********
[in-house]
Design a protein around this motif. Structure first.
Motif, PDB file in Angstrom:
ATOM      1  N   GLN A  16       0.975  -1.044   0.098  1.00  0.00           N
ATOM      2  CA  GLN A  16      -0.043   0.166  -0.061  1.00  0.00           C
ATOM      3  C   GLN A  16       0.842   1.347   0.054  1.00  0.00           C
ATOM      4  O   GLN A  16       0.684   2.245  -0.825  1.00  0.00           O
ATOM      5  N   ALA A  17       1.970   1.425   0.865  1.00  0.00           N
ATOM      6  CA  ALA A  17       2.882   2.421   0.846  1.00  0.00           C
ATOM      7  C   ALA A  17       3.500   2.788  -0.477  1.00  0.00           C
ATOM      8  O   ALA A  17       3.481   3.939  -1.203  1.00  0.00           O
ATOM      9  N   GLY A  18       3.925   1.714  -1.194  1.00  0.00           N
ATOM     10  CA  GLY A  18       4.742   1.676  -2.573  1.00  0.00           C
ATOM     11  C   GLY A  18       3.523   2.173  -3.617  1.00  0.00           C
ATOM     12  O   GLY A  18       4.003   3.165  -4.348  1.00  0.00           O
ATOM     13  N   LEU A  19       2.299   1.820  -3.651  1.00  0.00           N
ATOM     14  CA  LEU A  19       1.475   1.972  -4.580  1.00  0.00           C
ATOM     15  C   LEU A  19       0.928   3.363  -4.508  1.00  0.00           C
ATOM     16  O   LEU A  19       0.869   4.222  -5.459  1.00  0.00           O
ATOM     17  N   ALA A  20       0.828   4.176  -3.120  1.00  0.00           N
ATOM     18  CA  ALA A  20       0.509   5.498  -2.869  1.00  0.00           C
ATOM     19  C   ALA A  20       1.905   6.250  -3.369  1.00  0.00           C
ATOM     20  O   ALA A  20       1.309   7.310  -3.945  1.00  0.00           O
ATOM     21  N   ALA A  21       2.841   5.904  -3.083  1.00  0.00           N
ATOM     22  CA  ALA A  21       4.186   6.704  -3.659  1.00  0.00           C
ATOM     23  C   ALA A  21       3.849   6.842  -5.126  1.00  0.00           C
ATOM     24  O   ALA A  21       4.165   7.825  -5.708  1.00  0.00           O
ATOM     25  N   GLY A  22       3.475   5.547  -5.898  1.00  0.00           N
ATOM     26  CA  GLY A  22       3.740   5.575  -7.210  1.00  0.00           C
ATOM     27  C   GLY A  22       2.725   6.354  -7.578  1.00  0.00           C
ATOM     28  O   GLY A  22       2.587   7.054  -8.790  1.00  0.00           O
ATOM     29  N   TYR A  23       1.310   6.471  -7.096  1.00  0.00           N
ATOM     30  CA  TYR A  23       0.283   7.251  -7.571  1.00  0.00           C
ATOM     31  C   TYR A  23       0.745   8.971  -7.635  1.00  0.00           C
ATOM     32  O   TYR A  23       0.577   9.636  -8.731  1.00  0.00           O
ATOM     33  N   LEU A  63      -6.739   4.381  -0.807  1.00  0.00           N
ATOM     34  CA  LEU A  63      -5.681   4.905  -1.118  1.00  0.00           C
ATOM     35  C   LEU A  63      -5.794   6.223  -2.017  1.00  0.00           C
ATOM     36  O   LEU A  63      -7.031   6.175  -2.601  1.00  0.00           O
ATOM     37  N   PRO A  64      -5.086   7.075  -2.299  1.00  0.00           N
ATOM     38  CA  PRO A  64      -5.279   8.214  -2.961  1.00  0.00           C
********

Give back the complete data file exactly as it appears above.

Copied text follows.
[in-house]
Design a protein around this motif. Structure first.
Motif, PDB file in Angstrom:
ATOM      1  N   GLN A  16       0.975  -1.044   0.098  1.00  0.00           N
ATOM      2  CA  GLN A  16      -0.043   0.166  -0.061  1.00  0.00           C
ATOM      3  C   GLN A  16       0.842   1.347   0.054  1.00  0.00           C
ATOM      4  O   GLN A  16       0.684   2.245  -0.825  1.00  0.00           O
ATOM      5  N   ALA A  17       1.970   1.425   0.865  1.00  0.00           N
ATOM      6  CA  ALA A  17       2.882   2.421   0.846  1.00  0.00           C
ATOM      7  C   ALA A  17       3.500   2.788  -0.477  1.00  0.00           C
ATOM      8  O   ALA A  17       3.481   3.939  -1.203  1.00  0.00           O
ATOM      9  N   GLY A  18       3.925   1.714  -1.194  1.00  0.00           N
ATOM     10  CA  GLY A  18       4.742   1.676  -2.573  1.00  0.00           C
ATOM     11  C   GLY A  18       3.523   2.173  -3.617  1.00  0.00           C
ATOM     12  O   GLY A  18       4.003   3.165  -4.348  1.00  0.00           O
ATOM     13  N   LEU A  19       2.299   1.820  -3.651  1.00  0.00           N
ATOM     14  CA  LEU A  19       1.475   1.972  -4.580  1.00  0.00           C
ATOM     15  C   LEU A  19       0.928   3.363  -4.508  1.00  0.00           C
ATOM     16  O   LEU A  19       0.869   4.222  -5.459  1.00  0.00           O
ATOM     17  N   ALA A  20       0.828   4.176  -3.120  1.00  0.00           N
ATOM     18  CA  ALA A  20       0.509   5.498  -2.869  1.00  0.00           C
ATOM     19  C   ALA A  20       1.905   6.250  -3.369  1.00  0.00           C
ATOM     20  O   ALA A  20       1.309   7.310  -3.945  1.00  0.00           O
ATOM     21  N   ALA A  21       2.841   5.904  -3.083  1.00  0.00           N
ATOM     22  CA  ALA A  21       4.186   6.704  -3.659  1.00  0.00           C
ATOM     23  C   ALA A  21       3.849   6.842  -5.126  1.00  0.00           C
ATOM     24  O   ALA A  21       4.165   7.825  -5.708  1.00  0.00           O
ATOM     25  N   GLY A  22       3.475   5.547  -5.898  1.00  0.00           N
ATOM     26  CA  GLY A  22       3.740   5.575  -7.210  1.00  0.00           C
ATOM     27  C   GLY A  22       2.725   6.354  -7.578  1.00  0.00           C
ATOM     28  O   GLY A  22       2.587   7.054  -8.790  1.00  0.00           O
ATOM     29  N   TYR A  23       1.310   6.471  -7.096  1.00  0.00           N
ATOM     30  CA  TYR A  23       0.283   7.251  -7.571  1.00  0.00           C
ATOM     31  C   TYR A  23       0.745   8.971  -7.635  1.00  0.00           C
ATOM     32  O   TYR A  23       0.577   9.636  -8.731  1.00  0.00           O
ATOM     33  N   LEU A  63      -6.739   4.381  -0.807  1.00  0.00           N
ATOM     34  CA  LEU A  63      -5.681   4.905  -1.118  1.00  0.00           C
ATOM     35  C   LEU A  63      -5.794   6.223  -2.017  1.00  0.00           C
ATOM     36  O   LEU A  63      -7.031   6.175  -2.601  1.00  0.00           O
ATOM     37  N   PRO A  64      -5.086   7.075  -2.299  1.00  0.00           N
ATOM     38  CA  PRO A  64      -5.279   8.214  -2.961  1.00  0.00           C